Clothing sales did hook up 0.4% in May but that followed two months of big declines and left the trend since March running at a -9.0% annual rate.
General merchandise stores (ie, department stores) posted a 0.2% drop, the third decline in a row (sound familiar?) and running at a -4.8% annual rate over the last three months.
Sporting goods/music/books sales fell 0.8% in May and off at a 3.3% annual rate over the last three months.
Nonstore retail sales (online sales) fell for the fourth month in a row — down 0.4% in May and the three-month trend is at a -5.6% annual rate.
Restaurants did turn in a 0.2% gain in May but sales here are on a -2.5% trend over the last three months.
The positives: Food/beverage stores saw retail sales rise 0.4% in May and have advanced at a 2.7% annual rate over the last three months. Pharma stores jumped 0.7% MoM and up at a ripping 8.0% annual rate over the last three months.
And here is Dr. Rosenberg in the same missive on trends in global trade:
Global Trade Flows Reversing Course: After a couple of ‘green shoots’ after global trade finance was revived in the opening months of the year, it seems as though everyone’s exports are taking it on the chin again. The latest data on China’s outbound shipments showed renewed hints of slowing. Same for Korea. German exports plunged 4.8% in April and are off 28.7% from a year ago. Canadian export volumes sank 5.1% in April — and this transcended the problems in the auto sector — on top of 2.3% slide in March, taking Canada into a deficit position of $178 million in what is a vivid sign of a hugely overvalued loonie. U.S. export volumes also dropped 4.3% in April after a 0.5% decline in March, taking the YoY trend down to a new all-time low of -20.4% from -13.8% in March.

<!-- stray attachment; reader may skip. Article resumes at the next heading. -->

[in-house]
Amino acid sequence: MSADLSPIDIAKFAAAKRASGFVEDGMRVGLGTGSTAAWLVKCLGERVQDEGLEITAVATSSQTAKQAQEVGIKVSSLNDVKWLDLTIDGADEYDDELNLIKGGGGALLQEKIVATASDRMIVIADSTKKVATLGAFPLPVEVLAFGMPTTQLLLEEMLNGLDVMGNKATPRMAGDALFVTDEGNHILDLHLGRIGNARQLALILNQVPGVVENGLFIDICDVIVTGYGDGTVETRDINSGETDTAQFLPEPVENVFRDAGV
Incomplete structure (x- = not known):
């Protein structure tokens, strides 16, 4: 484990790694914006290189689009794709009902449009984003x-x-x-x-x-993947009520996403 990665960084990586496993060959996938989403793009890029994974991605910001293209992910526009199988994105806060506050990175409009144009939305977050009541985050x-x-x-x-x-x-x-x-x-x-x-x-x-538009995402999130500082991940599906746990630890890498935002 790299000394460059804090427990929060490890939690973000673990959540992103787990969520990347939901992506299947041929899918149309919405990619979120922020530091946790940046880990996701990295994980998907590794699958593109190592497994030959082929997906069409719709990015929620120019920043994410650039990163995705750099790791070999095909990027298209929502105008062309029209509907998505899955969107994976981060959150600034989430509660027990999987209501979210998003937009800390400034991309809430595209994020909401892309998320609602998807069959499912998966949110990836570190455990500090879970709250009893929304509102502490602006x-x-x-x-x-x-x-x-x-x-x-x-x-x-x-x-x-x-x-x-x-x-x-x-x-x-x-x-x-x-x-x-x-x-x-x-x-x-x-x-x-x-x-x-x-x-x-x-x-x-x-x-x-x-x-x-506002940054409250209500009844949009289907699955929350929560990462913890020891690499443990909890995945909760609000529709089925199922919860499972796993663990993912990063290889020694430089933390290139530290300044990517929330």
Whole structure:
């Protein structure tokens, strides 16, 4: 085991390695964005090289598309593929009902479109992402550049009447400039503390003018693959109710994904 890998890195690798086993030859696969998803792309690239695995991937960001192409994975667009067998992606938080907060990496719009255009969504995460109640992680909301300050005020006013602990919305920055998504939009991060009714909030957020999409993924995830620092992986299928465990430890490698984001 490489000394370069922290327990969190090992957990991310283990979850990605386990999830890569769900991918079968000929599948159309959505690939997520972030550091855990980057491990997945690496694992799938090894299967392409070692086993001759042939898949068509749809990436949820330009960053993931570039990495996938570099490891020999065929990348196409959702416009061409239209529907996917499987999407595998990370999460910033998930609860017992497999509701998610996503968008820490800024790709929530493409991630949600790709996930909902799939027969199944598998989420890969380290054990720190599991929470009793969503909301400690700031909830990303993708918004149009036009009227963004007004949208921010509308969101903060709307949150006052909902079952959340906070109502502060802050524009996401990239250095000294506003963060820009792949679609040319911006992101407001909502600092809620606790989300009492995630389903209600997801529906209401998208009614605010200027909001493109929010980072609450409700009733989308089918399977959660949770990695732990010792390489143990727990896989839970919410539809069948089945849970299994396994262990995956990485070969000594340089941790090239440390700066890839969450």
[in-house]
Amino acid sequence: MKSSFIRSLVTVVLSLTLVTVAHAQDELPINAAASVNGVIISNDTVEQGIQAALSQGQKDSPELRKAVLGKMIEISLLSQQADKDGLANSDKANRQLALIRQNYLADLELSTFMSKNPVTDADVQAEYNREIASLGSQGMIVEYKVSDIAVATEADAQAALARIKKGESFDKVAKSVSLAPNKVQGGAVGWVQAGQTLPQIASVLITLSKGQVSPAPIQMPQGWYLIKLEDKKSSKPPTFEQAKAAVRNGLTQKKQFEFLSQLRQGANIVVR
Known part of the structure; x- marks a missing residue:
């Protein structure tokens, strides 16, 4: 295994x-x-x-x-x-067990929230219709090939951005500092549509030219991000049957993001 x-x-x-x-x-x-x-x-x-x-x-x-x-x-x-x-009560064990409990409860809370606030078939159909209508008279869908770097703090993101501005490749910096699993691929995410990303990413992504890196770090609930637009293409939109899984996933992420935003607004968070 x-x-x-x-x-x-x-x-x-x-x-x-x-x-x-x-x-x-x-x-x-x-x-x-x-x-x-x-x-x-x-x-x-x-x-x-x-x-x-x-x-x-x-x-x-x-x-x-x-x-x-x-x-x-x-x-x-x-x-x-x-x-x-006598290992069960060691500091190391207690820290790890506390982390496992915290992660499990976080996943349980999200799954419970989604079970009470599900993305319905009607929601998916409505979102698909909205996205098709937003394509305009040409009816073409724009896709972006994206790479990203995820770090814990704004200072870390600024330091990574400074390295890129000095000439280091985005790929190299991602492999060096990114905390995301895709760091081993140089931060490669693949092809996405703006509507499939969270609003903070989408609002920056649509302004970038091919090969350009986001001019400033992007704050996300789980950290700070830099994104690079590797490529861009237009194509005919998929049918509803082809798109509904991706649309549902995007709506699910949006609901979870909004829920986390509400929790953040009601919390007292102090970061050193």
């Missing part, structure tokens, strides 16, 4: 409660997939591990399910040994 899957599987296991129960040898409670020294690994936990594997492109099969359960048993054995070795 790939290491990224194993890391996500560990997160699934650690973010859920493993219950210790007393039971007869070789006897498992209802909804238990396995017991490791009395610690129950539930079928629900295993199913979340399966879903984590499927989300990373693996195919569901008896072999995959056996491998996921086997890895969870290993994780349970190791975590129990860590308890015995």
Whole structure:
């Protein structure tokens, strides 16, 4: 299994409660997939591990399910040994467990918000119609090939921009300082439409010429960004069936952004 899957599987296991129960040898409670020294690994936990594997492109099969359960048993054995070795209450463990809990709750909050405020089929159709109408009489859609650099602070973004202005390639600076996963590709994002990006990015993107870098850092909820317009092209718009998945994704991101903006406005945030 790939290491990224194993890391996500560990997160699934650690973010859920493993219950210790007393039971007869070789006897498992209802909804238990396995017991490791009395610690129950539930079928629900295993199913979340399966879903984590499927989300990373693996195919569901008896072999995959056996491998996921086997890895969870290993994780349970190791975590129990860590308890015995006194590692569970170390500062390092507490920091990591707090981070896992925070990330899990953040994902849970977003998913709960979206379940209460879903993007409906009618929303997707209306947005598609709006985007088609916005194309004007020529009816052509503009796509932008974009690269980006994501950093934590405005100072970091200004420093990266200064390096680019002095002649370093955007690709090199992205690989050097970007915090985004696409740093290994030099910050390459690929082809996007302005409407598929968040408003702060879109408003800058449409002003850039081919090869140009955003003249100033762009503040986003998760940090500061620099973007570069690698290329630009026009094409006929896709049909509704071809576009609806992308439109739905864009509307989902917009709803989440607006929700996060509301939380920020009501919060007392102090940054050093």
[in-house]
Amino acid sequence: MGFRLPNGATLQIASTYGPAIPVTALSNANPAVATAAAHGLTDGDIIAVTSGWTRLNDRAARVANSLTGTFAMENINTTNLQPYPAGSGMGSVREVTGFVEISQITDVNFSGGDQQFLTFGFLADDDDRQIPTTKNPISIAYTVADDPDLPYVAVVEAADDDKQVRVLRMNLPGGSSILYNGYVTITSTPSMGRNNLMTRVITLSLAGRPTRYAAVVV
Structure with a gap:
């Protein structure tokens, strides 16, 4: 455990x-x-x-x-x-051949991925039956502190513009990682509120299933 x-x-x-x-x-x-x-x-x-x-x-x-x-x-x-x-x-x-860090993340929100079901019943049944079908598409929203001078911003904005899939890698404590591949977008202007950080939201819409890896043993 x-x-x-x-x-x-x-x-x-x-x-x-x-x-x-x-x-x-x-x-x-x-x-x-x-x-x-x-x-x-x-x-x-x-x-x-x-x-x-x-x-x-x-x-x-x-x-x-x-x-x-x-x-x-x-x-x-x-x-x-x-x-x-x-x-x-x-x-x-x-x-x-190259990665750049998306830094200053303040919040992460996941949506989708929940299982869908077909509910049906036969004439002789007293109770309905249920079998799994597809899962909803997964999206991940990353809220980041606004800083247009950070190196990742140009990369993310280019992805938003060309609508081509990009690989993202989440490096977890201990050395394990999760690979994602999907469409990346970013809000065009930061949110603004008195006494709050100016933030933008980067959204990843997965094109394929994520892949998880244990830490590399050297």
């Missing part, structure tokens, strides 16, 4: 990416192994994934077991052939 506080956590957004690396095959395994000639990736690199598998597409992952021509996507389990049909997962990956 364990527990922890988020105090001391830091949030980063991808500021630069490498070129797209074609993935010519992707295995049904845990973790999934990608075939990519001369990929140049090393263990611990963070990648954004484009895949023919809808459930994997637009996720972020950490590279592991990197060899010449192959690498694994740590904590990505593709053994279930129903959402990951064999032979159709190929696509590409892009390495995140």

Conclusion: Current trends have remained bad; money-printing has provided some short-term fix; a turn in the economy of some strength and durability is priced into the markets. Going back to the ECRI, the leading indicators can move up or down in the future, and thus assuming they are correctly forecasting the end of this economic banana in 3 months, stocks and bonds may well move independently of the economy. The reason the stock market surged from 1947 to 1962 (and beyond) despite 4 recessions in 12 years was that stocks were the cheapest asset class based on net asset value, cash return to investors, etc.; the reason that stocks have plunged in the past 9 years despite only 2 economic downturns (one of them mild) was that stocks were expensive and high-quality bonds relatively cheap.
At this point, it is unclear whether any major asset classes remain cheap or expensive relative to one another.
Individual securities analysis and individual-specific portfolio diversification may be more important now than ever relative to glomming on to broad themes that worked in the 1980s such as "buy and hold financial assets". Keeping an open mind in this time of ferment and numerous unprecedented situations is especially important, as well.